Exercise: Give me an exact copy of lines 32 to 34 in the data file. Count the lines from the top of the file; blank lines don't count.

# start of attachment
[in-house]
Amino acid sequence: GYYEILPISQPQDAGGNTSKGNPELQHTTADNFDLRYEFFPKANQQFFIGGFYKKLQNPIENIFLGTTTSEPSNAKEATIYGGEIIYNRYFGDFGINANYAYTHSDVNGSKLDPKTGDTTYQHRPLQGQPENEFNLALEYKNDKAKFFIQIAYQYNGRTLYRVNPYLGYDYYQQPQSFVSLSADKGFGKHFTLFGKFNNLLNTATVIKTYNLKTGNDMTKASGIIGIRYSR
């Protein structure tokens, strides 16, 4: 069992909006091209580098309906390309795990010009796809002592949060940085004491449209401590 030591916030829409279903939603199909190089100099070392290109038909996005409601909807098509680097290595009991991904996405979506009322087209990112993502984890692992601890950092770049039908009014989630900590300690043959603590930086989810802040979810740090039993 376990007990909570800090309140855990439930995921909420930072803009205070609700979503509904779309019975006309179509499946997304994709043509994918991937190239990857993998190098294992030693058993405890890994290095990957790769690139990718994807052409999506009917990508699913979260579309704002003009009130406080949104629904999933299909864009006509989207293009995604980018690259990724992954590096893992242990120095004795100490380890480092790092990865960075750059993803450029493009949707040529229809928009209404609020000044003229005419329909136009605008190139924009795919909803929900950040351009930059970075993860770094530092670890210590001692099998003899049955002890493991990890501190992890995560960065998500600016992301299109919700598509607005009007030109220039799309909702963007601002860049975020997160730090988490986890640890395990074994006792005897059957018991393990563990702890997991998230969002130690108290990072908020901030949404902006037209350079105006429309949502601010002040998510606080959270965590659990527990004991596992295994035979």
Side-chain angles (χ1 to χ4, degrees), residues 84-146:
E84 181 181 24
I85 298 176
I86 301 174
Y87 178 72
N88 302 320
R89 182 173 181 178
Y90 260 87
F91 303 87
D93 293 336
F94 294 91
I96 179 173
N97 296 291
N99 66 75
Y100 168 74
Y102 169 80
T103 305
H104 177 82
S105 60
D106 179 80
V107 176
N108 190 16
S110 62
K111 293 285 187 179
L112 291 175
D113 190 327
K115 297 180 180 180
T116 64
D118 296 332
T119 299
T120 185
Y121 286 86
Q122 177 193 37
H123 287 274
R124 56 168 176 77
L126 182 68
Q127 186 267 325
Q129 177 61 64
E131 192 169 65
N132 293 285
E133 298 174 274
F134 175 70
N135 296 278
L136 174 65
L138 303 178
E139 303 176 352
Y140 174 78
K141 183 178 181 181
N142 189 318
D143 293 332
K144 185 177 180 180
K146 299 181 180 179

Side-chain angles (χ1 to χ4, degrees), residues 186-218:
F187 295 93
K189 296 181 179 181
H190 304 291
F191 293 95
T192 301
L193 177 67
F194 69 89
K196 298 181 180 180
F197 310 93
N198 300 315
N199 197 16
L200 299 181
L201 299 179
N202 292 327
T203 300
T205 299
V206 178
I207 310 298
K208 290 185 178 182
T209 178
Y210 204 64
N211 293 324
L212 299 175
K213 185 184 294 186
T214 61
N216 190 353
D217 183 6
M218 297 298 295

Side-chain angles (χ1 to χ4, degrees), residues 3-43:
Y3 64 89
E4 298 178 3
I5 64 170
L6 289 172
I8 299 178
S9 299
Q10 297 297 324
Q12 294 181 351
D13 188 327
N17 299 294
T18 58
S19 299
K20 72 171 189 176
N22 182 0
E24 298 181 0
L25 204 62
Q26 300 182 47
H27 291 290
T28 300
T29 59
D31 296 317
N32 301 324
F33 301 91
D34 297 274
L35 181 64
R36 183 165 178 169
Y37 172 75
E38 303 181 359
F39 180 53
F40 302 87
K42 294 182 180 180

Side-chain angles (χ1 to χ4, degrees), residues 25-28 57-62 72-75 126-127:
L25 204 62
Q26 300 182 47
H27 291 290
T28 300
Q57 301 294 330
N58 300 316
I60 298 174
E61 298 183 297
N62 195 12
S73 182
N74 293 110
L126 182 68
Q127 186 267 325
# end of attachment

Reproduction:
D118 296 332
T119 299
T120 185